"And so, dear brothers and sisters, I plead with you to give your bodies to God because of all He has done for you. Let them be a living and holy sacrifice, the kind He will find acceptable. This is truly the way to worship him." Romans 12:1 (NLT)
As a worship leader, I find that at times I can be a less than perfect worshipper. I’m not very good at multi-tasking, but my mind thinks it is. While leading a congregation, I have a multitude of thoughts racing through my head that push the actual purpose of me being there out of my mind. Did someone in the band just hit a wrong note? Why does my guitar sound funny? Where are my singers? Did they miss their cue? Am I moving around too much? Not enough? Are people worshipping?
You could go crazy trying to herd all of those thoughts into something manageable. Even when I am not on the platform, I continue to have a hard time engaging in worship. While I am being led in worship, my mind often goes to: What kind of guitar is that? Was that vocal a little pitchy? The bass isn’t loud enough… Where are the guitars?! Are people worshipping?
Often enough, it is difficult to step outside of my own worries, preferences, motivations and hang-ups to enter the throne room of God and enjoy the intimacy I have with the Creator of the universe. When you enter into musical times of worship, your mind might do the same thing that mine does. You might be thinking about where you’re going to go to lunch after church, or how many errands need to be done before the end of the day. Your mind might think “I don’t like my voice very much”, or “this person next to me is taking the joyful noise scripture literally”.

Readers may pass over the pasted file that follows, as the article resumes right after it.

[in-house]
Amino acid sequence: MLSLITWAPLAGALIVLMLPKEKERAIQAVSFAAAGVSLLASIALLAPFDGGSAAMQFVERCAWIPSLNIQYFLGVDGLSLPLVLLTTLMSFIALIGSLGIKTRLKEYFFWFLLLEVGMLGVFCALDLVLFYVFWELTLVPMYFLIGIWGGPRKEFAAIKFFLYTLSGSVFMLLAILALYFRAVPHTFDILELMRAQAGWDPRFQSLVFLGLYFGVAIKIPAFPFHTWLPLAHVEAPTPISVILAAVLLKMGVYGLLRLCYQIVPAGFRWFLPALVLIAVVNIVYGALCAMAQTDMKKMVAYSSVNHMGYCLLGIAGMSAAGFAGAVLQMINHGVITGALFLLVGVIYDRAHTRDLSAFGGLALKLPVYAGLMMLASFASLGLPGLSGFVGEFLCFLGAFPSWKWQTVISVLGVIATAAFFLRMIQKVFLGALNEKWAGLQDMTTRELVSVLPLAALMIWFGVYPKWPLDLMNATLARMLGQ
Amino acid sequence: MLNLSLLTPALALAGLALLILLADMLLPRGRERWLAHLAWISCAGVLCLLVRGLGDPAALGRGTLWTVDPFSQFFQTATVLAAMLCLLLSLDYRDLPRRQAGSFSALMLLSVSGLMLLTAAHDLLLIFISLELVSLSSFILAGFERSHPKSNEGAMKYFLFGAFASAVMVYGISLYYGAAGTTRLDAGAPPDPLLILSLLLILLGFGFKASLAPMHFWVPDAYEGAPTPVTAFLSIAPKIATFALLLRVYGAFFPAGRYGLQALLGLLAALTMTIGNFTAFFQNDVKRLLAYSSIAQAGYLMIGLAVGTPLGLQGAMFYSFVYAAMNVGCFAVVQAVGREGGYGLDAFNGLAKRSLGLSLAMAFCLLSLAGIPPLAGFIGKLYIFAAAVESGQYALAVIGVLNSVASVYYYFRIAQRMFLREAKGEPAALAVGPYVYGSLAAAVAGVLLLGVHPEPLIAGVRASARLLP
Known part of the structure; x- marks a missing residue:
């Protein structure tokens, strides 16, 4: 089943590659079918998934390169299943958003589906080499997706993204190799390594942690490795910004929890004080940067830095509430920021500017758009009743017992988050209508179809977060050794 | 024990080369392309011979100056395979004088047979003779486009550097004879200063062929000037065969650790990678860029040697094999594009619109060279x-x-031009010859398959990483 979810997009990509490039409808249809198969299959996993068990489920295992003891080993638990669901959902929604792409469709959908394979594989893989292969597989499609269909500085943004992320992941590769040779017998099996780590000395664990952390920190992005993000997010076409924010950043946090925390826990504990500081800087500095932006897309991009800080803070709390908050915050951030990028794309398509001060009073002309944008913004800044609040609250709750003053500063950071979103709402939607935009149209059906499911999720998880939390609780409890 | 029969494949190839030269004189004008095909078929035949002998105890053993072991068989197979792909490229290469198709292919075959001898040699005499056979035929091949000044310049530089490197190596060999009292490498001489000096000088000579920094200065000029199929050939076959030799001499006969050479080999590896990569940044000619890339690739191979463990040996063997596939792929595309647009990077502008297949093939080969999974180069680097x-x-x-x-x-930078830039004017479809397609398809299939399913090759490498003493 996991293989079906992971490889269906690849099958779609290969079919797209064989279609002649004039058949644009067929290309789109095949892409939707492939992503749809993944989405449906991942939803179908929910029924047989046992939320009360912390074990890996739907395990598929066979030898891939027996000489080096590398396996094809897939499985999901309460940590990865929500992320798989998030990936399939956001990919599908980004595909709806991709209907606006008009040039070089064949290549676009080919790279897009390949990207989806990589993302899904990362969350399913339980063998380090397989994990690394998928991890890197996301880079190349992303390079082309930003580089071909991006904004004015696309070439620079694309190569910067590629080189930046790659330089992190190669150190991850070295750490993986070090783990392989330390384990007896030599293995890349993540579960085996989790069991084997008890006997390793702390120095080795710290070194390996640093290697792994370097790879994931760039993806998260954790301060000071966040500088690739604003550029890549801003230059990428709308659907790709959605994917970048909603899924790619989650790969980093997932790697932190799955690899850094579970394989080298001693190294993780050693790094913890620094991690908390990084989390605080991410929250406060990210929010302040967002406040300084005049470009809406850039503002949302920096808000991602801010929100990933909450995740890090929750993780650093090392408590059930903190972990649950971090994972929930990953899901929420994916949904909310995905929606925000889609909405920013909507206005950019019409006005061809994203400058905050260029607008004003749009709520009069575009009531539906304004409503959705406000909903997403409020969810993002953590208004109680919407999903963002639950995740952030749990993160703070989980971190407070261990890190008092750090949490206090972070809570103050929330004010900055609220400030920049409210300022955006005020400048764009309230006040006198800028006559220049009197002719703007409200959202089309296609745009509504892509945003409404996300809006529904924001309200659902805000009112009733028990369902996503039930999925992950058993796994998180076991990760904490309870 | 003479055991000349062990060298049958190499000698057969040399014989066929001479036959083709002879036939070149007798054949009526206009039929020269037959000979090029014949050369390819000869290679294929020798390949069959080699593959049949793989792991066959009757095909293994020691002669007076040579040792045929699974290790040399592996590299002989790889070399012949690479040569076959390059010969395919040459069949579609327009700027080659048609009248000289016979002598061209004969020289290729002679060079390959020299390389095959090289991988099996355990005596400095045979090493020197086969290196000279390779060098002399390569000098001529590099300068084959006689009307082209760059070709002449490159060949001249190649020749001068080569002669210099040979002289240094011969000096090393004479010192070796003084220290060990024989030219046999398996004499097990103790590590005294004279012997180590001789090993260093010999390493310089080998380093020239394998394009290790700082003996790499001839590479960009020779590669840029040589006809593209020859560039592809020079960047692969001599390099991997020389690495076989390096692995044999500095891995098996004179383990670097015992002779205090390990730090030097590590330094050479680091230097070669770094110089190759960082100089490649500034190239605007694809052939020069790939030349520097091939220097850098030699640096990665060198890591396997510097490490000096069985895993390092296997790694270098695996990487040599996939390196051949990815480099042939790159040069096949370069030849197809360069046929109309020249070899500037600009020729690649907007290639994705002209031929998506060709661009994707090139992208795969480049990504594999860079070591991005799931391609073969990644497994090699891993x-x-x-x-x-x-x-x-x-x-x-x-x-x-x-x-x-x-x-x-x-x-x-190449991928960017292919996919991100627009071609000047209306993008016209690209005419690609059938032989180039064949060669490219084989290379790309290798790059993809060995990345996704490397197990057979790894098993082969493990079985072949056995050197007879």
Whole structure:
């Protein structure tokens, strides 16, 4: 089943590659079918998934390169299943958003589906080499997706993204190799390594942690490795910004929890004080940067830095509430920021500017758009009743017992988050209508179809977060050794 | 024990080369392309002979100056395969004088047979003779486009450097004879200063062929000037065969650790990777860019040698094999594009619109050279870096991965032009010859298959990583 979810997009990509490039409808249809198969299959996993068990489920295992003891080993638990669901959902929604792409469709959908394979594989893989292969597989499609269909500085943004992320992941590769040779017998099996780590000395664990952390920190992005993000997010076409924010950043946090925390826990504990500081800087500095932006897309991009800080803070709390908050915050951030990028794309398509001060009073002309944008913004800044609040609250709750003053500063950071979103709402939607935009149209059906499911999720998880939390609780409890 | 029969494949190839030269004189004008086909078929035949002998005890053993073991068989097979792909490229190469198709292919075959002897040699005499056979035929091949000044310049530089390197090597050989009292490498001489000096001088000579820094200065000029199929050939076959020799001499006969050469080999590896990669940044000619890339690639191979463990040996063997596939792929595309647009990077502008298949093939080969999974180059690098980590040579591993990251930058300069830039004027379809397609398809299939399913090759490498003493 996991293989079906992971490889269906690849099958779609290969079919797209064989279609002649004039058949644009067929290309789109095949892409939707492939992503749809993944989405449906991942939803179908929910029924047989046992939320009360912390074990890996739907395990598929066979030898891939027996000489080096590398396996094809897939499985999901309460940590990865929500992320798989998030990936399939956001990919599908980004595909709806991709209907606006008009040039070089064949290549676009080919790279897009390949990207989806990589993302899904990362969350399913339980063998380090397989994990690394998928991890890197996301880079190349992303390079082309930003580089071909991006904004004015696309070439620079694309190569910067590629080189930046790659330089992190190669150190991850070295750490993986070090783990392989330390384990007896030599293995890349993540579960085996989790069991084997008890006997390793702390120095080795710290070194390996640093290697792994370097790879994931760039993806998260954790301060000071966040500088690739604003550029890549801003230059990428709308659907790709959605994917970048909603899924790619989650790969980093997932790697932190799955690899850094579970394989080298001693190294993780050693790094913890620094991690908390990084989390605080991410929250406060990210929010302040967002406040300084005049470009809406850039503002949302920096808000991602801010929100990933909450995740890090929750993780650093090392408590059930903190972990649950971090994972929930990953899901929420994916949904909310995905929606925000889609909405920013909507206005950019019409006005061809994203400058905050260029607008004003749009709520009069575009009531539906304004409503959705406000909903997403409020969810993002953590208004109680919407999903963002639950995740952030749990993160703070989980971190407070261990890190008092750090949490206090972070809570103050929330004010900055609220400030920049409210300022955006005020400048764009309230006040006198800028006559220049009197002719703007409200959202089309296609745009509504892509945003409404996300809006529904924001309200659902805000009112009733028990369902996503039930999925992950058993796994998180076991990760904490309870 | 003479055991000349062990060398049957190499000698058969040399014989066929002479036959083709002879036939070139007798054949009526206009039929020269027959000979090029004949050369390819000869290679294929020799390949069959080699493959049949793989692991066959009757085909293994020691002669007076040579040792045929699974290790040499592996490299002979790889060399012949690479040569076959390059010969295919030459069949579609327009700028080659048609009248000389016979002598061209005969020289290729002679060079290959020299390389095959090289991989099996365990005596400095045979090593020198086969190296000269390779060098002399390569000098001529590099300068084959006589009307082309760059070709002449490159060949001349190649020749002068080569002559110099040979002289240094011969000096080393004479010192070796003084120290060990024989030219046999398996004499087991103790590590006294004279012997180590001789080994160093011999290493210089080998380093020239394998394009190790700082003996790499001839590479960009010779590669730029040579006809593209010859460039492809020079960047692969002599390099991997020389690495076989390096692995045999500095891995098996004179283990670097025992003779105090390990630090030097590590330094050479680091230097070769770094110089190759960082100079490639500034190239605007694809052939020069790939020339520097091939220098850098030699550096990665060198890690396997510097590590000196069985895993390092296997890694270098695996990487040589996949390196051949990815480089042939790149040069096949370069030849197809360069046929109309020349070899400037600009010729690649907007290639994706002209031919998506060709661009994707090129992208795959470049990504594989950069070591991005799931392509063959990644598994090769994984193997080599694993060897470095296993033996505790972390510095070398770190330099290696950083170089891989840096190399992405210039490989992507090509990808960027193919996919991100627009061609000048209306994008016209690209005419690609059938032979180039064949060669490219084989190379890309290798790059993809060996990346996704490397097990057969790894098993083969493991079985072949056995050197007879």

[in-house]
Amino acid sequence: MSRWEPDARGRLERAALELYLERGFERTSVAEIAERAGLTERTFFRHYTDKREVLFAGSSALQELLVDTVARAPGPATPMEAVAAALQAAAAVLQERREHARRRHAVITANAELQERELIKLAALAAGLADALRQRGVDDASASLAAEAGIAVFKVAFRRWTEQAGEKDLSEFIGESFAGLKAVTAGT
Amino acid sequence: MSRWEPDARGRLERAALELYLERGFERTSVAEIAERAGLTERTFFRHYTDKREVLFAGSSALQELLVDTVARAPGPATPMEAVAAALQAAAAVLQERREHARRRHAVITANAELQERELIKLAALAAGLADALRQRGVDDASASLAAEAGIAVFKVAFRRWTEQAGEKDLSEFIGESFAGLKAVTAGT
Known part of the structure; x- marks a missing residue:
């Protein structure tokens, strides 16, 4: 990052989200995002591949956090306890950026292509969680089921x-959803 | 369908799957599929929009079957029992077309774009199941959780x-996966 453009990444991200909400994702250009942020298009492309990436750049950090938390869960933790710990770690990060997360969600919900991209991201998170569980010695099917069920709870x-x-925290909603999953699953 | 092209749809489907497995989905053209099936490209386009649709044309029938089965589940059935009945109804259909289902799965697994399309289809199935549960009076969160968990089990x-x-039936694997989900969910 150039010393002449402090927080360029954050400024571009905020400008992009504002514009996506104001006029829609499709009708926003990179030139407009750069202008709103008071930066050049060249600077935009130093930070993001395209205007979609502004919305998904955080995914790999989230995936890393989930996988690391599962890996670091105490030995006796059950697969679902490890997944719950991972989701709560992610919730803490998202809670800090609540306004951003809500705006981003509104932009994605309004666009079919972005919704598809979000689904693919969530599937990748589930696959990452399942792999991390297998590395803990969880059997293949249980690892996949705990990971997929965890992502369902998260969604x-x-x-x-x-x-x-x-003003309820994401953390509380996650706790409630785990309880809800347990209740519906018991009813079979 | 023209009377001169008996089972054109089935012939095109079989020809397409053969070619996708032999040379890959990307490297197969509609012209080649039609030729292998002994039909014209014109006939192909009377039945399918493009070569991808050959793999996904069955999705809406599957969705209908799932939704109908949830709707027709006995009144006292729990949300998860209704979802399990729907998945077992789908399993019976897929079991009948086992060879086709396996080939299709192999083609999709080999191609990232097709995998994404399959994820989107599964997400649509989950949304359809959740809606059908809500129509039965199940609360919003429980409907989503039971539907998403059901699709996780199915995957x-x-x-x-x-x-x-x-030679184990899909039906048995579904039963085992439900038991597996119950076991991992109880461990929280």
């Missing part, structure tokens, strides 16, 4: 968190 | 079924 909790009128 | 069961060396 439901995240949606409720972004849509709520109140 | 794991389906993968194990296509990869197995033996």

Whereever our mind goes when we are given an opportunity to worship and connect with God, if we drift away from the awe and reverence of Him, at those times we need to take a moment and repent and renew our focus and understand our purpose yet again; the purpose of worship. We are gathered with millions of other believers all over the world; to worship the One who is worthy. We may only get this opportunity once a week for 90 minutes, but we need to embrace it, push aside the worries of the world and connect with the Almighty God and praise Him for what He has done.
When we can push past our insecurities, preferences and shortcomings and truly engage on Sunday, we get a glimpse of what a life of worship can truly look like when you are deep within an intimate relationship with the God who knew you before You were knit together in your mother’s womb (Psalm 139:13).
How often does your worship look like this?
Posted on Mon, January 2, 2012
by Nick Nieblas